Nice Work? Only Governments Can Force Firms to Be Socially Responsible, but Do We Need More Regulation? Charles Tilley Argues That Virtue Brings Financial Rewards

Article excerpt

The great management guru Peter Drucker used to declare that the purpose of a company is to serve society. It does not exist for its own sake, but is a means to an end. Not everyone agrees. Take, for instance, an article that appeared in the Wall Street Journal on August 23 by Aneel Karnani, an associate professor of strategy at a leading US business school. He argues that the notion of corporate social responsibility (CSR) is a potentially dangerous illusion and that exhorting companies to embrace it is unlikely to have much effect. The way forward is government regulation, which is binding and does not rely on voluntary good intentions.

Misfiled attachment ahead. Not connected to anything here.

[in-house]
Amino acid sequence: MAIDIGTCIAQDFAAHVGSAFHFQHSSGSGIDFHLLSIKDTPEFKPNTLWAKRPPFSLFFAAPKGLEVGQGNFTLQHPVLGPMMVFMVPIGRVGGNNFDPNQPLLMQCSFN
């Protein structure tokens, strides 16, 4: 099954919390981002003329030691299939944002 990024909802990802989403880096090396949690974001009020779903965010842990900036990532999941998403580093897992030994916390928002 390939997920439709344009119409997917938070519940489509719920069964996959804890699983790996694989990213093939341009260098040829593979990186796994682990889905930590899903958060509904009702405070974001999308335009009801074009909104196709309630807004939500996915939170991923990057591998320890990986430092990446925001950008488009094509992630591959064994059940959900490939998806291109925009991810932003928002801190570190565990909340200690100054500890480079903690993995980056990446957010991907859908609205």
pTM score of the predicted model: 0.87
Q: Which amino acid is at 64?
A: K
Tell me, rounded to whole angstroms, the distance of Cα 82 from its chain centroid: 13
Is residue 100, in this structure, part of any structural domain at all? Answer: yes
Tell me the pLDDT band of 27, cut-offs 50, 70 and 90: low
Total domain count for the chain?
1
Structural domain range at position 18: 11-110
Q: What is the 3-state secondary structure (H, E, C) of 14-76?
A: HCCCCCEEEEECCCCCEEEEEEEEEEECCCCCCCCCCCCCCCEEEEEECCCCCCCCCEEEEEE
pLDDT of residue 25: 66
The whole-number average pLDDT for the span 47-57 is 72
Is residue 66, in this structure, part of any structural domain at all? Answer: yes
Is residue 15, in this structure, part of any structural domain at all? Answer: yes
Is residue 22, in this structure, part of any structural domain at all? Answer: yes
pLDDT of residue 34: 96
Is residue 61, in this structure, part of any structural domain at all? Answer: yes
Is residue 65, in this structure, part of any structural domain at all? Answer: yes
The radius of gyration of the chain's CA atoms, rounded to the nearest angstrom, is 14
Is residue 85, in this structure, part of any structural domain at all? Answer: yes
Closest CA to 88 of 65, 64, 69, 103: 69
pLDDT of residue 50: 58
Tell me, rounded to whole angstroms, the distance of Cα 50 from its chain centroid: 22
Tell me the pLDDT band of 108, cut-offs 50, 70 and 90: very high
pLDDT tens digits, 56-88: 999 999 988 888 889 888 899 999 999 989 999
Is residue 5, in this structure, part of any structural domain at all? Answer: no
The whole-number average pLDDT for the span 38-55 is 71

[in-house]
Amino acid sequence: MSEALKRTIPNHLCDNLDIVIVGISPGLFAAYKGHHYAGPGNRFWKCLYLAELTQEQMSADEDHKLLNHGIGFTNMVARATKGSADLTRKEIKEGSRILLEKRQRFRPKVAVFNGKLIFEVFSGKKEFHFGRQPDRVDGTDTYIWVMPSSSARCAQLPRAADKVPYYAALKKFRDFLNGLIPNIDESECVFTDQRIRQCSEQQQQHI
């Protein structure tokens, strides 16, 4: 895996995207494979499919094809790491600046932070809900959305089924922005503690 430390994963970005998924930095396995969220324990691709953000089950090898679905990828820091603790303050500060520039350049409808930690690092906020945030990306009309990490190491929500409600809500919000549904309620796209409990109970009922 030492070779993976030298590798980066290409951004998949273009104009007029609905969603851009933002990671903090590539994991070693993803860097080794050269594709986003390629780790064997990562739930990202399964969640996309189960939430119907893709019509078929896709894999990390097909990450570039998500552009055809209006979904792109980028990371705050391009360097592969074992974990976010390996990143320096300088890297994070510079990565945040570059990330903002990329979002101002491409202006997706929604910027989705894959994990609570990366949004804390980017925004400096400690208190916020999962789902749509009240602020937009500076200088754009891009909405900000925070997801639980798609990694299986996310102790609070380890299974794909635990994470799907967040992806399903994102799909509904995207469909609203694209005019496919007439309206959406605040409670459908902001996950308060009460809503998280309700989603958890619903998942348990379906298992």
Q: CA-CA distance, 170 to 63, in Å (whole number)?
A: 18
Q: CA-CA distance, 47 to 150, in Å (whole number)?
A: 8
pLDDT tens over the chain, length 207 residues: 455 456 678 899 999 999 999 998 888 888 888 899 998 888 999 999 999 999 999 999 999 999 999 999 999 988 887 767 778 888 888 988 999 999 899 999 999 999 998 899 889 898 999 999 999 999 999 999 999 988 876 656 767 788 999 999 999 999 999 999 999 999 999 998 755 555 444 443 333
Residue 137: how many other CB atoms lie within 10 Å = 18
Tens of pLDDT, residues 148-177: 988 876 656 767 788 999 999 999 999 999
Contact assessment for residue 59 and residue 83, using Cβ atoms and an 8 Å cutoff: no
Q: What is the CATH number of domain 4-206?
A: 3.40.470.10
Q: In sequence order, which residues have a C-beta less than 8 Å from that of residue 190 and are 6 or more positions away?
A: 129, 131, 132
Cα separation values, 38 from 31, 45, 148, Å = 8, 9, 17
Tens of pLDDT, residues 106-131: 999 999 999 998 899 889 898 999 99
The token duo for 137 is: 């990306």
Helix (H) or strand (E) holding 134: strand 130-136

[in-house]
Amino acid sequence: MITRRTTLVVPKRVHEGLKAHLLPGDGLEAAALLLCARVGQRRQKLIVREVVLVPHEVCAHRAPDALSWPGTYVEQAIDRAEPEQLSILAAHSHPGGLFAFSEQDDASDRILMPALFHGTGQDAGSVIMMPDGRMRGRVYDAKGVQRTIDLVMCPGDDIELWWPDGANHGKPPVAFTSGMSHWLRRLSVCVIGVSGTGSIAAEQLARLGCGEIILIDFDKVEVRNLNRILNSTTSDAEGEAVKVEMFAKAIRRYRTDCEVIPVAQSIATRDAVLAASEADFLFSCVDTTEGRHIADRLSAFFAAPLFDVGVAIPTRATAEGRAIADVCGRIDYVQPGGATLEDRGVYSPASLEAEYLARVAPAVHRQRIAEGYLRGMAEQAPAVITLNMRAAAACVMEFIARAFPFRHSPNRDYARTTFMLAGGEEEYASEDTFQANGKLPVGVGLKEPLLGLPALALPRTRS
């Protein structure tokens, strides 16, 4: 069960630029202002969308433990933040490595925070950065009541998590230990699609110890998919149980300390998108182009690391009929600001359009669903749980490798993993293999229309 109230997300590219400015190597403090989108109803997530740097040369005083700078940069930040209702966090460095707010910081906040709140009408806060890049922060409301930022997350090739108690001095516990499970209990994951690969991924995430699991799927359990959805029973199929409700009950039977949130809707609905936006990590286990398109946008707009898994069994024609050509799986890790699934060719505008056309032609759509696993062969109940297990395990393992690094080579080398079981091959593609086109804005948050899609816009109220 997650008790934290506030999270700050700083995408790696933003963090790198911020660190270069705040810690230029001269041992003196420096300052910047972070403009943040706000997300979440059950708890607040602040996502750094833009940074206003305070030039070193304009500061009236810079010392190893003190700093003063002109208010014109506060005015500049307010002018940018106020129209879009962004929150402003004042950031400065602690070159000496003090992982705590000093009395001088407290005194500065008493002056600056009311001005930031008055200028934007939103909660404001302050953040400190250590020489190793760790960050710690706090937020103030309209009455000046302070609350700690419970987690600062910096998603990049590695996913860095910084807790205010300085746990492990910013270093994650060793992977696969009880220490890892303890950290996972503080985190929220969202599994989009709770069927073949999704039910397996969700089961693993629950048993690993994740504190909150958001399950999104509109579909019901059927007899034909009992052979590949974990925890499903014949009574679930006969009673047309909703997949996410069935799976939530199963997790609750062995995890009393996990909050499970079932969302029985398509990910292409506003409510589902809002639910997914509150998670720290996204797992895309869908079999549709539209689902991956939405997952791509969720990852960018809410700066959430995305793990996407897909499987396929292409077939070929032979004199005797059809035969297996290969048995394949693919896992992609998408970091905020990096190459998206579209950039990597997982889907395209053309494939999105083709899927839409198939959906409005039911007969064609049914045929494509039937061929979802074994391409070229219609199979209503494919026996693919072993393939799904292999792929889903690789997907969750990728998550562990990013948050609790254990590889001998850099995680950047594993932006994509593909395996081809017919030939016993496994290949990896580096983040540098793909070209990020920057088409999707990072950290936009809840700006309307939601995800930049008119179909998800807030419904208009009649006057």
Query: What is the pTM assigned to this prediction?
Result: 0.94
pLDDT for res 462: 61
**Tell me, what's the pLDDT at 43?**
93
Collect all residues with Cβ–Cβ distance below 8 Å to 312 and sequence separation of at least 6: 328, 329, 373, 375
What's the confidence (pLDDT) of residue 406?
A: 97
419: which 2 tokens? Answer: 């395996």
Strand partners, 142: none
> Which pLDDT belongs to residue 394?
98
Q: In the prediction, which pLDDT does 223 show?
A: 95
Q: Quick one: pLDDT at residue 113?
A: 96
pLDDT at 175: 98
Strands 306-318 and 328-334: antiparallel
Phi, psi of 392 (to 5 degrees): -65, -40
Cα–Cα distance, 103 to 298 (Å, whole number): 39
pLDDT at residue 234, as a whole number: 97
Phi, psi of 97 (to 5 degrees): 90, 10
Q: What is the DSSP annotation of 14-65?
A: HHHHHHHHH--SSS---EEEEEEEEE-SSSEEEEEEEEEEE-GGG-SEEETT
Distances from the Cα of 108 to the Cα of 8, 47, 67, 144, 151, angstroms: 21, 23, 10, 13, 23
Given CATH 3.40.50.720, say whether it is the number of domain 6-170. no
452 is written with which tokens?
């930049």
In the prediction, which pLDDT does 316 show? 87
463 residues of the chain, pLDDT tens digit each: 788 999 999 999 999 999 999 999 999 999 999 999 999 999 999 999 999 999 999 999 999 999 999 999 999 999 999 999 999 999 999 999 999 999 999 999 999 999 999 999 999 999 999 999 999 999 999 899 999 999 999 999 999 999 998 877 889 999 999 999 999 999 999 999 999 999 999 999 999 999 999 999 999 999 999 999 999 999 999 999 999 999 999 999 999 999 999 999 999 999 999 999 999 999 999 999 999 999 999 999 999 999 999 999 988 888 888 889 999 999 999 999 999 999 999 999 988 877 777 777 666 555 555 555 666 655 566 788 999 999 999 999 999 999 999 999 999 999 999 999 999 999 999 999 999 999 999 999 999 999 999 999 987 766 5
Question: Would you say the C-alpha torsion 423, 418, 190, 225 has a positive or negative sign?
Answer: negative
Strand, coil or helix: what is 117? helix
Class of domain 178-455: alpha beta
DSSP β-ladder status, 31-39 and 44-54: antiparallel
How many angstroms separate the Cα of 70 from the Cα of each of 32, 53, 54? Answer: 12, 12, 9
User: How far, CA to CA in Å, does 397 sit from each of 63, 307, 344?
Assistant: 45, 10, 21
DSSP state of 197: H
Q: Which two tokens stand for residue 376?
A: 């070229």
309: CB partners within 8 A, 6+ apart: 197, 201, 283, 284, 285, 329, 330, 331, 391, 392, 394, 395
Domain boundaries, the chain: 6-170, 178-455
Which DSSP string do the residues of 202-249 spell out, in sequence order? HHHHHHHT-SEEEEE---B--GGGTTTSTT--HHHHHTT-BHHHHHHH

To some extent I can see the force of this argument. Only governments have the power to change the fundamental rules of the game within which businesses have to operate. So it is no surprise that a key priority of the Prince of Wales' Accounting for Sustainability (A4S) project is to consider how to galvanise the G20 governments into taking swift action to address the challenges of sustainability facing businesses across the world. As a member of A4S, the institute will be playing an active role in this.


Equally, however, we need to ask whether we really want to remove one pressure on business--to behave ethically--only to replace it with another in the form of hefty state regulation. If the recent financial crisis has taught us one important lesson, it is that laws and regulations have limitations and that corporate failures in behaviour and ethics have destroyed swathes of shareholder value. …